Hello, welcome back to Penny Fractions everyone. Last month, I realized that I should probably share a little intro about myself since new people sign up every week and I often don’t explain who I am or what this newsletter is in any formal fashion. So, if you’re a longtime reader, skip ahead to my dive into the state of Apple Music in 2019.
My name is David Turner and I started Penny Fractions in November 2017, as a way to think through various topics within the world of music streaming. Since then, the newsletter has grown to reach over two thousand subscribers and its archive can be found right here. I’m currently a contractor at SoundCloud; you can read about some of the work I do in Billboard. Prior to this career shift, I was a music journalist and have written for publications like Music Business Worldwide, Pitchfork (who just unionized!), the New Yorker, Noisey, Rolling Stone, and Spin. I also create content on Patreon to help cover email billing costs and to compensate my copy editor, Mariana Carvalho. Otherwise, I’m happy you’ve signed up and I hope you enjoy the newsletter!
Last week, Apple made a number of announcements including Apple News+, Apple TV+, Apple Arcade, and even its own credit card. Noticeably absent from the presentation was Apple Music—especially considering most of these products are subscription-based efforts. Still, this newsletter is centered on music streaming, so even if Apple didn’t make any major announcements about Apple Music, this provides a good opportunity to check in on the nearly four-year-old music streaming platform.
The Billie Eilish Effect
A week before the beloved, highly fashionable singer Billie Eilish released her debut album, When We Fall Asleep, Where Do We Go?, Music Business Worldwide ran a number of pieces discussing the teenage singer’s business relationship with Apple. Headlines read: “Apple: Billie Eilish’s record-breaking album shows why ‘pre-adds’ are now the new ‘pre-orders’” and “Zane Lowe on why Apple Music is ‘in the storytelling business’ – and why Billie Eilish is ‘magic’”. In the former, Oliver Schusser, Head of Apple Music Worldwide, said: “While most services focus the majority of their efforts around playlists, Apple Music still emphasizes albums because we understand their value as a storytelling tool for artists to create context around their music.” The greater narrative being told is that Apple Music’s vision of supporting artists exists beyond a simple playlist placement.
Billie Eilish is a perfect test case for the Californian company’s story because Apple has worked with the singer in the past year to debut new music, produce a short animated Christmas film, and plaster her face all over the Apple Music app in the lead-up to When We Fall Asleep, Where Do We Go?. That’s what initially made me chuckle when I saw that the album had garnered 800,000 global pre-saves because this is a statistic that’s never (until two weeks ago) been a public-facing point of pride. This is partly because unlike an album pre-order, which comes with a specific price tag attached to it, the amount of streams generated from a pre-save is far less exact. Luckily, Music Business Worldwide quickly followed up (“Billie Eilish proves that young people WILL stream blockbuster albums… when they’re encouraged to do so”) on Monday after the album’s release, stating how well the entire album was streaming on Apple Music. Yet again, without any further context about the streaming performance of other albums, it’s hard to glean much real value from these isolated information drops.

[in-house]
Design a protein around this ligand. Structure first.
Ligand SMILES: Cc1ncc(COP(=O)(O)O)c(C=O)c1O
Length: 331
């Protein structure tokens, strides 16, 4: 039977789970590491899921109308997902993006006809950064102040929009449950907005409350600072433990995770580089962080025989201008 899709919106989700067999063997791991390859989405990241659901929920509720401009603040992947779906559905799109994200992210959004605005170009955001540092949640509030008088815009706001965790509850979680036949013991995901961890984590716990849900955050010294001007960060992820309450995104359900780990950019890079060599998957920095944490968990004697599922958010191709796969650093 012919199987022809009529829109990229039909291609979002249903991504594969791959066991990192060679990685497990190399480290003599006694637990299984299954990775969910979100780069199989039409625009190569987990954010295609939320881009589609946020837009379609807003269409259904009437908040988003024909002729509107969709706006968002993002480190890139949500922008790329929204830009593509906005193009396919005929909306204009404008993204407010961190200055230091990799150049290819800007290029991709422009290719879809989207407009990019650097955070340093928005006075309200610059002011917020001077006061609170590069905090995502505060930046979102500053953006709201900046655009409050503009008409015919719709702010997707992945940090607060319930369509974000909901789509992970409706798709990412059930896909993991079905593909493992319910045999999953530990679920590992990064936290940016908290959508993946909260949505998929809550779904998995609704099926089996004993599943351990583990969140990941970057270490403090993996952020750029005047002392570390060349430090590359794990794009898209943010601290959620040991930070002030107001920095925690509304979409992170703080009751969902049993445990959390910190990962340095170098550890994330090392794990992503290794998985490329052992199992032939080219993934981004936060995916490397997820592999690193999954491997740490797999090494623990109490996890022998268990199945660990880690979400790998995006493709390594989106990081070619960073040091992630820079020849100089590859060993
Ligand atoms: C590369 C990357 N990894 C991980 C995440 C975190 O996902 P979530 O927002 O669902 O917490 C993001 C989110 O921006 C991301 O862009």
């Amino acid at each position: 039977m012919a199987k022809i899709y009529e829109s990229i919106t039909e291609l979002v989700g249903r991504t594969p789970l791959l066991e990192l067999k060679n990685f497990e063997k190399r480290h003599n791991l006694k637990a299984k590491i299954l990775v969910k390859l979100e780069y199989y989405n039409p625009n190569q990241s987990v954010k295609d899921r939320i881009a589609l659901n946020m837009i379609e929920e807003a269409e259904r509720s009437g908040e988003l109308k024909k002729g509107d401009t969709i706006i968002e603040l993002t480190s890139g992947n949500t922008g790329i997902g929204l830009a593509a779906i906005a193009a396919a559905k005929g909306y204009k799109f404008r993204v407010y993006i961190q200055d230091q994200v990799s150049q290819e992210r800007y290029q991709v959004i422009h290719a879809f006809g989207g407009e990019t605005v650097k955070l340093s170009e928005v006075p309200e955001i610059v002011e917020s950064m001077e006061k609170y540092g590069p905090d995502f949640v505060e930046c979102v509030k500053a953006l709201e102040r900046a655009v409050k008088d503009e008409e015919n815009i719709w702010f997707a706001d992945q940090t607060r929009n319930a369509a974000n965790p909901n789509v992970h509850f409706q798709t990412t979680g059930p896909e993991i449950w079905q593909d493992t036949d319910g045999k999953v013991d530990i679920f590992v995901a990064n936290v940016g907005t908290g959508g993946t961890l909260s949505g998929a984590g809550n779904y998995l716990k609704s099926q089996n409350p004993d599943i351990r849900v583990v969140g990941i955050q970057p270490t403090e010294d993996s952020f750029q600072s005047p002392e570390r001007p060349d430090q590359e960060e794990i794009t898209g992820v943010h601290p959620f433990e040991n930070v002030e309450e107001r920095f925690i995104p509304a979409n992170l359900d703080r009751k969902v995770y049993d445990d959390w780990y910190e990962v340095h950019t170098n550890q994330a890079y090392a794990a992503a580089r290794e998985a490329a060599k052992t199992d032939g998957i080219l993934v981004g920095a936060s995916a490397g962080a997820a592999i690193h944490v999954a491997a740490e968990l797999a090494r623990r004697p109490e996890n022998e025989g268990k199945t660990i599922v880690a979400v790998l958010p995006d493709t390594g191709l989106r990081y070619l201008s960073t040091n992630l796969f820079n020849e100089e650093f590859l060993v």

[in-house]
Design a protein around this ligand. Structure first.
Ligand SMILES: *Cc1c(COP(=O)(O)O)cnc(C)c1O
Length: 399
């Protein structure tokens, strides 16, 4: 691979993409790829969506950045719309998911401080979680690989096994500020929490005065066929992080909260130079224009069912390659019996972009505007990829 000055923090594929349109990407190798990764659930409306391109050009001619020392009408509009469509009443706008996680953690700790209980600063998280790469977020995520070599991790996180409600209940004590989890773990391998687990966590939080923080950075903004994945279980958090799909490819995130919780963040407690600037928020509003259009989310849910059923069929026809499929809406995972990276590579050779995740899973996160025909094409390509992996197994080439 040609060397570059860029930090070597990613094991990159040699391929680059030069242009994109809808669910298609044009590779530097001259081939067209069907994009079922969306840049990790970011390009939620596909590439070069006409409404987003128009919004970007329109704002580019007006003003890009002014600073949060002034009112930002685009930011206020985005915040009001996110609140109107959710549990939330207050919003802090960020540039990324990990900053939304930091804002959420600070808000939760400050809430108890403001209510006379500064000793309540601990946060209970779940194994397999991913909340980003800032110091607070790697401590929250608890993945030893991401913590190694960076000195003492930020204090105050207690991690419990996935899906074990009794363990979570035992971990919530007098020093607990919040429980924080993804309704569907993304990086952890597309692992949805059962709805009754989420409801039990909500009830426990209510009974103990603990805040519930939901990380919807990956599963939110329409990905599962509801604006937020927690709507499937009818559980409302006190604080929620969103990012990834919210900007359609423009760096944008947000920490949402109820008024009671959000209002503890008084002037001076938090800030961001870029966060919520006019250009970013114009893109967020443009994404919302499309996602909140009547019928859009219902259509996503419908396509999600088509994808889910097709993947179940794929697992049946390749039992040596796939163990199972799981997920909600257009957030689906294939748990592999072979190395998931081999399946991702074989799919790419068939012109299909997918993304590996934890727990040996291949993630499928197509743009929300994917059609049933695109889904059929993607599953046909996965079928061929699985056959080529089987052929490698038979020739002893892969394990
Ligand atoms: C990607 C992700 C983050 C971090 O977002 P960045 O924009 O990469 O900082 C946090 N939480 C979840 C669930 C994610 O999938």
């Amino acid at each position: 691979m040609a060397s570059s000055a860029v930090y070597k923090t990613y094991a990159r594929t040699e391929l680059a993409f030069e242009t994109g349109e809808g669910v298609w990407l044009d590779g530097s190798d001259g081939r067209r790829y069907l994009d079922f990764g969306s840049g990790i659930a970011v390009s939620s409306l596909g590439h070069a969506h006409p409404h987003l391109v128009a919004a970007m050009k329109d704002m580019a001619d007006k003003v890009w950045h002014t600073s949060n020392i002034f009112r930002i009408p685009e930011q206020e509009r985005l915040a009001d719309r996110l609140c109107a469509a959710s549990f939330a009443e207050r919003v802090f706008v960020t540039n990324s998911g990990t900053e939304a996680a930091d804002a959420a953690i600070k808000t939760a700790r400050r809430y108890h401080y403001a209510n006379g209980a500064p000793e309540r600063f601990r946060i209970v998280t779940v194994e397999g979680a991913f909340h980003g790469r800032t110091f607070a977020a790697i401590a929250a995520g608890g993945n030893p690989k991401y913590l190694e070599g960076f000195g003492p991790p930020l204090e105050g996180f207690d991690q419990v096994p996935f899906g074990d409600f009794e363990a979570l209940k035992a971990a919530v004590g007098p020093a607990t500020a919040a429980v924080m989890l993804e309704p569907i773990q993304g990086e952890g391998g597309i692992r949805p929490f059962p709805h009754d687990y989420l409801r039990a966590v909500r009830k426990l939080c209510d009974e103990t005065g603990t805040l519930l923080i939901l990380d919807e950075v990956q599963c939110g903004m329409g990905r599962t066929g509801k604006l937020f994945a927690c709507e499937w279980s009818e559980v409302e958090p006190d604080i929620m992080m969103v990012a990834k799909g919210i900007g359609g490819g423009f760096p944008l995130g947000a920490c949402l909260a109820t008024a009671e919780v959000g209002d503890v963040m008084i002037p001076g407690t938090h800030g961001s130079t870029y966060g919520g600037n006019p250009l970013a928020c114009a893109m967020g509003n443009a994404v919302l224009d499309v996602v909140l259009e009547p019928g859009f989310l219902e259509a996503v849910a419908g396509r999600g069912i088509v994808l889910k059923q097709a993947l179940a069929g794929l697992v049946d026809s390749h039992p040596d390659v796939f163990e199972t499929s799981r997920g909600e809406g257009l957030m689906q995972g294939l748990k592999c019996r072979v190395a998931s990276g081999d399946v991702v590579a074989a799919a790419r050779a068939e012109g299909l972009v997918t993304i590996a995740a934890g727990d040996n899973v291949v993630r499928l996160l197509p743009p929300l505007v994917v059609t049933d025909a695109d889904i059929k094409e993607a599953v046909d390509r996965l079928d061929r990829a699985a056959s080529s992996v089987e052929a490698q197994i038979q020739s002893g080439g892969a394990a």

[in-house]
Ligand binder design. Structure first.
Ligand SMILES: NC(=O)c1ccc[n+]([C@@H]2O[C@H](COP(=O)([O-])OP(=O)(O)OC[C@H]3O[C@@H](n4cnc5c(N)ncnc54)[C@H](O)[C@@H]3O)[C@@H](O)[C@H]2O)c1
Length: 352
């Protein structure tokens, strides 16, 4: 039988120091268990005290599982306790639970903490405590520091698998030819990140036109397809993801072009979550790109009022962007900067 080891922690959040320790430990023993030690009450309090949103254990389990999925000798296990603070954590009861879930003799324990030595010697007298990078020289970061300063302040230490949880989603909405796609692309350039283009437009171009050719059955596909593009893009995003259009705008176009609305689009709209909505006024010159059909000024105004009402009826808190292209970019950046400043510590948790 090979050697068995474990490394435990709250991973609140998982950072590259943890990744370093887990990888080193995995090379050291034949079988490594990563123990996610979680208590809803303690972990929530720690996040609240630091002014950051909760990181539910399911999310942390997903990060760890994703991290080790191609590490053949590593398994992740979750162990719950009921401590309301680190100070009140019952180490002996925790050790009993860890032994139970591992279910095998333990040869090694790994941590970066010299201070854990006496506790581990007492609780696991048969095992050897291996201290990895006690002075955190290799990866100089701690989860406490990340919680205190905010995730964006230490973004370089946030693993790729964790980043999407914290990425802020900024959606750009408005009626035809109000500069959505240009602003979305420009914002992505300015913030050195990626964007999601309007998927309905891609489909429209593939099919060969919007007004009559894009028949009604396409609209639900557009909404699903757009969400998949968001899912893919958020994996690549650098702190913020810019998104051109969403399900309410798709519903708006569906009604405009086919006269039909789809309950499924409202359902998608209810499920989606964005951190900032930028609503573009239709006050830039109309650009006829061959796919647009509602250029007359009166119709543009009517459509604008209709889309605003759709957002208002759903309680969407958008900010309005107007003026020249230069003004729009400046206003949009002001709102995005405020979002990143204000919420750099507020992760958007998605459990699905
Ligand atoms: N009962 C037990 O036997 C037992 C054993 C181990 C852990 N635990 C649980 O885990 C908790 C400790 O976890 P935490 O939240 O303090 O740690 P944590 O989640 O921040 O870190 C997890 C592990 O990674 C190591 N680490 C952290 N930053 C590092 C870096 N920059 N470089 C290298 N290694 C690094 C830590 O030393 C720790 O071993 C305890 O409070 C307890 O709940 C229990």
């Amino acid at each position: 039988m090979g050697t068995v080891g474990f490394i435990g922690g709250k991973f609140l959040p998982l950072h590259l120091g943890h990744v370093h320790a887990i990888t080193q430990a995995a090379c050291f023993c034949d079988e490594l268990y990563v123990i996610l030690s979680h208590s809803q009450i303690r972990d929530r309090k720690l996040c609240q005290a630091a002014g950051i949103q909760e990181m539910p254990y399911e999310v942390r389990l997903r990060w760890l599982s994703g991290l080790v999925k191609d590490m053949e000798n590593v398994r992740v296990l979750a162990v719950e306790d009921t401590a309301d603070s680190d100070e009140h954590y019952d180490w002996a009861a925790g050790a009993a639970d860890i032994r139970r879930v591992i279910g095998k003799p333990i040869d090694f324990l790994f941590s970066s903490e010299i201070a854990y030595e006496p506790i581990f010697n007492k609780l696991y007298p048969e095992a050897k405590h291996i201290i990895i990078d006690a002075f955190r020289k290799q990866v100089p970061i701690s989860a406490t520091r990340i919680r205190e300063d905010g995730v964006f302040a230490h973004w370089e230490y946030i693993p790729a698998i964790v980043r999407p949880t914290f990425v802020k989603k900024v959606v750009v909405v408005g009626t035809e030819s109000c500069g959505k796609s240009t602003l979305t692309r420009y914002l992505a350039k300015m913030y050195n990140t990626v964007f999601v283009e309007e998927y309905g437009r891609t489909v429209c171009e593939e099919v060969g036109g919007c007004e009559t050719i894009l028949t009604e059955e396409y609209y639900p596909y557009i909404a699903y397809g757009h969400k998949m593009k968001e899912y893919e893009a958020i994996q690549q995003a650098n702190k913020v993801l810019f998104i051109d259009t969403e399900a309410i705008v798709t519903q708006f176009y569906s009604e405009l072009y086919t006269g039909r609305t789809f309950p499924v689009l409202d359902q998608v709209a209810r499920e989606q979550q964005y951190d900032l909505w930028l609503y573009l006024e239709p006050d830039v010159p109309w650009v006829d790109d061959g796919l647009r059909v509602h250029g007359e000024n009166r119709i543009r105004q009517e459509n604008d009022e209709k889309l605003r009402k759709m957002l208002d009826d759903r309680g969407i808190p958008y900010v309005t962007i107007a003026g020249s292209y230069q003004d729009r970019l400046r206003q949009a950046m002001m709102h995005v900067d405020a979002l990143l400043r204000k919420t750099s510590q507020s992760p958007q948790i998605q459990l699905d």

Last Friday, Music Ally wrote about how major music streaming services scrambled to promote Eilish’s album. In short, YouTube released a documentary series, Apple made an effort to push the album in the ways I’ve just described, and Spotify created something called the “Billie Eilish Experience” where one could access unique video content. The piece attempts to close on a hopeful note:
Our hope, though, is that the effort and thought being put in to these kinds of ‘storytelling’ campaigns at the top end of the artist pyramid will have an impact further down, with product features and learnings that other musicians can use to properly connect with fans, rather than just being another line on a playlist.
I won’t hold out the same amount of hope because it doesn’t really seem like it’d be in the interest of any of these streaming services to put in the effort that went into Eilish, unless it was put into an artist that is already at a level of notoriety where such obnoxious promotion wouldn’t be a turn off to users. There is also no economic incentive for these companies to champion smaller acts with this level of support; yes, Apple Music premiered Eilish’s earlier work, but that was still years after she had signed to Interscope.
Apple Music Loves Artists...Well Some Artists
Last year, I wrote in my newsletter about the experience of using the Apple Music app and here is something I said about the Browse screen specifically:
The entire screen is filled to promote Lil Wayne’s Tha Carter V. It’s hard to imagine a better advertisement space for an artist than taking up an entire screen on music app used by tens of millions of people. There is no endless playlist scroll or endless feed of songs; instead, Apple treats its app space like a billboard ready to promote whoever needs it for the week.